"Reports of My Death Are Greatly Exaggerated:" Findings from the TEI in Libraries Survey Page: 2
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Dalmau & Hawkins 2
"Reports of My Death Are Greatly Exaggerated:"
Findings from the TEI in Libraries Survey
Kevin S. Hawkins
Do You TEI? Survey Findings of Text Encoding Practices in Libraries
Historically, academic libraries have contributed to the development of the TEI
Guidelines, largely in response to mandates to provide access to and preserve electronic
texts, often through authority control, subject analysis, and bibliographic description. But
the advent of mass digitization efforts involving simple scanning of pages and OCR
called into question such a role for libraries in text encoding. This paper presents the
results of a survey targeting library employees to learn more about text encoding
practices and to gauge current attitudes toward text encoding.
Libraries, Digital Libraries, Mass Digitization, Text Encoding Practices
Historically libraries - especially academic libraries - have contributed to the
development of the TEI Guidelines, largely in response to mandates to provide access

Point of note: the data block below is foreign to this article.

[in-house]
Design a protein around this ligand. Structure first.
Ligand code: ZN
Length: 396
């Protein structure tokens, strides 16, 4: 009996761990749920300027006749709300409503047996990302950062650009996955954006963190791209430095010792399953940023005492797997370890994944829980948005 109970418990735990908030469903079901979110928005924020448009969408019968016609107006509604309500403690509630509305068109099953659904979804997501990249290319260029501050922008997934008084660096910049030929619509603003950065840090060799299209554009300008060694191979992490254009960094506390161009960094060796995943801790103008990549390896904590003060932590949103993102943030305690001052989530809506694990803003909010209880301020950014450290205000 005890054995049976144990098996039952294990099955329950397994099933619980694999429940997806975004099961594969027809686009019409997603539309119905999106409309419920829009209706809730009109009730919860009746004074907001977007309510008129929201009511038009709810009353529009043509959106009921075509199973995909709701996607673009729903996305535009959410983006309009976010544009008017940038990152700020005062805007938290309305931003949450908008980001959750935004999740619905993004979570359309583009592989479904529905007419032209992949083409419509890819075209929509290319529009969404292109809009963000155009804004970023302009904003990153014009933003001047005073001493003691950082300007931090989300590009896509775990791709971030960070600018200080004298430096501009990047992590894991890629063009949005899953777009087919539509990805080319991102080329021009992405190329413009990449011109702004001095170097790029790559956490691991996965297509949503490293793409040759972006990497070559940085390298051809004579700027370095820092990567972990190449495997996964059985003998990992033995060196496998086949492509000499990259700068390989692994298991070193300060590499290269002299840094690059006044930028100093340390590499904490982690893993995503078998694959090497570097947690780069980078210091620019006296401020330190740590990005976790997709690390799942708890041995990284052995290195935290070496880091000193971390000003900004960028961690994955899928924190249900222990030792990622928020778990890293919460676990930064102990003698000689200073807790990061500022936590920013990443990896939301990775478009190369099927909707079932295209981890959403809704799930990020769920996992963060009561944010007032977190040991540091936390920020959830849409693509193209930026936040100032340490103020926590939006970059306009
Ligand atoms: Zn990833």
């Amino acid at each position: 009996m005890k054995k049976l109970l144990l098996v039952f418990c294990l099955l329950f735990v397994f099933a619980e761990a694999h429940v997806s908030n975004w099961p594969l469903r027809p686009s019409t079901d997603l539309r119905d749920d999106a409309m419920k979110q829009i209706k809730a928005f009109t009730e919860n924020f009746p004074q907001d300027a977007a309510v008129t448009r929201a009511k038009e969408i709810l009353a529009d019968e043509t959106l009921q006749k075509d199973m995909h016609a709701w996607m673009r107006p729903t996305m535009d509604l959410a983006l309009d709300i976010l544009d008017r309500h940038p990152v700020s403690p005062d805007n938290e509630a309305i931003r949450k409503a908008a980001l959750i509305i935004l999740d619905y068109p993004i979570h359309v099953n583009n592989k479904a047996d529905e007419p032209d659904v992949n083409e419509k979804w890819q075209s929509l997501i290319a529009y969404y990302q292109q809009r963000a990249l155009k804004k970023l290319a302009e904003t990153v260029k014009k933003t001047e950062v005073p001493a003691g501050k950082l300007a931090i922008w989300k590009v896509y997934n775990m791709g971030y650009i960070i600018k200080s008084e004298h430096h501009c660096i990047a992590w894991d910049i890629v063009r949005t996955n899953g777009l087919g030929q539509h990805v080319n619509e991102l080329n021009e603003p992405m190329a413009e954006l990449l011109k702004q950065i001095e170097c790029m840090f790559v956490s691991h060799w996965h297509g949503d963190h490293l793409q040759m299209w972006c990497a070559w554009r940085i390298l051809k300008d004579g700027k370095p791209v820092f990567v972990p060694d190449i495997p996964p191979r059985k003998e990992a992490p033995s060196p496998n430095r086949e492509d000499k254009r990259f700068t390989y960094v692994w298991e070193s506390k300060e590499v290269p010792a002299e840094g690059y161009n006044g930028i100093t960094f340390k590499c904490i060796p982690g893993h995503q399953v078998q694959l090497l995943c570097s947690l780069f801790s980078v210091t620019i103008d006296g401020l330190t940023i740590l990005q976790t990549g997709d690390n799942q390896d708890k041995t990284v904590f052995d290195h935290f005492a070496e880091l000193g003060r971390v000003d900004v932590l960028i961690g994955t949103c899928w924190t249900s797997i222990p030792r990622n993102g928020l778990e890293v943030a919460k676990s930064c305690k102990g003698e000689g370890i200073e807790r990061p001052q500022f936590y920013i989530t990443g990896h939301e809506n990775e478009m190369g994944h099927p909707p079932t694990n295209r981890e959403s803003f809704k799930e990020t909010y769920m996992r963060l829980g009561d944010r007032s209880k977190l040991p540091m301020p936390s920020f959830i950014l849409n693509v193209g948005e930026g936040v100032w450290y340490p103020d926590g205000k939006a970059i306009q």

to and preserve electronic texts (Engle 1998; Friedland 1997; Giesecke, McNeil, and
Minks 2000; Nellhaus 2011). At the turn of the 21st century, momentum for text
encoding grew in libraries as a result of the maturation of pioneering digital library
programs and XML-based web publishing tools and systems (Bradley 2004).
Libraries were not only providing "access to original source material,
contextualization, and commentaries, but they also provide[ed] a set of additional
resources and service[s]" equally rooted in robust technical infrastructure and noble
"ethical traditions" that have critically shaped humanities pedagogy and research
In 2002, Sukovic posited that libraries' changing roles would and could positively
impact publishing and academic research by leveraging both standards such as the TEI
Guidelines and traditional library expertise, namely in cataloging departments due to
their specialized knowledge in authority control, subject analysis, and of course,
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Dalmau, Michelle & Hawkins, Kevin S. "Reports of My Death Are Greatly Exaggerated:" Findings from the TEI in Libraries Survey, article, 2015; [Arlington, Massachusetts]. (https://digital.library.unt.edu/ark:/67531/metadc488168/m1/2/: accessed April 20, 2019), University of North Texas Libraries, Digital Library, https://digital.library.unt.edu; .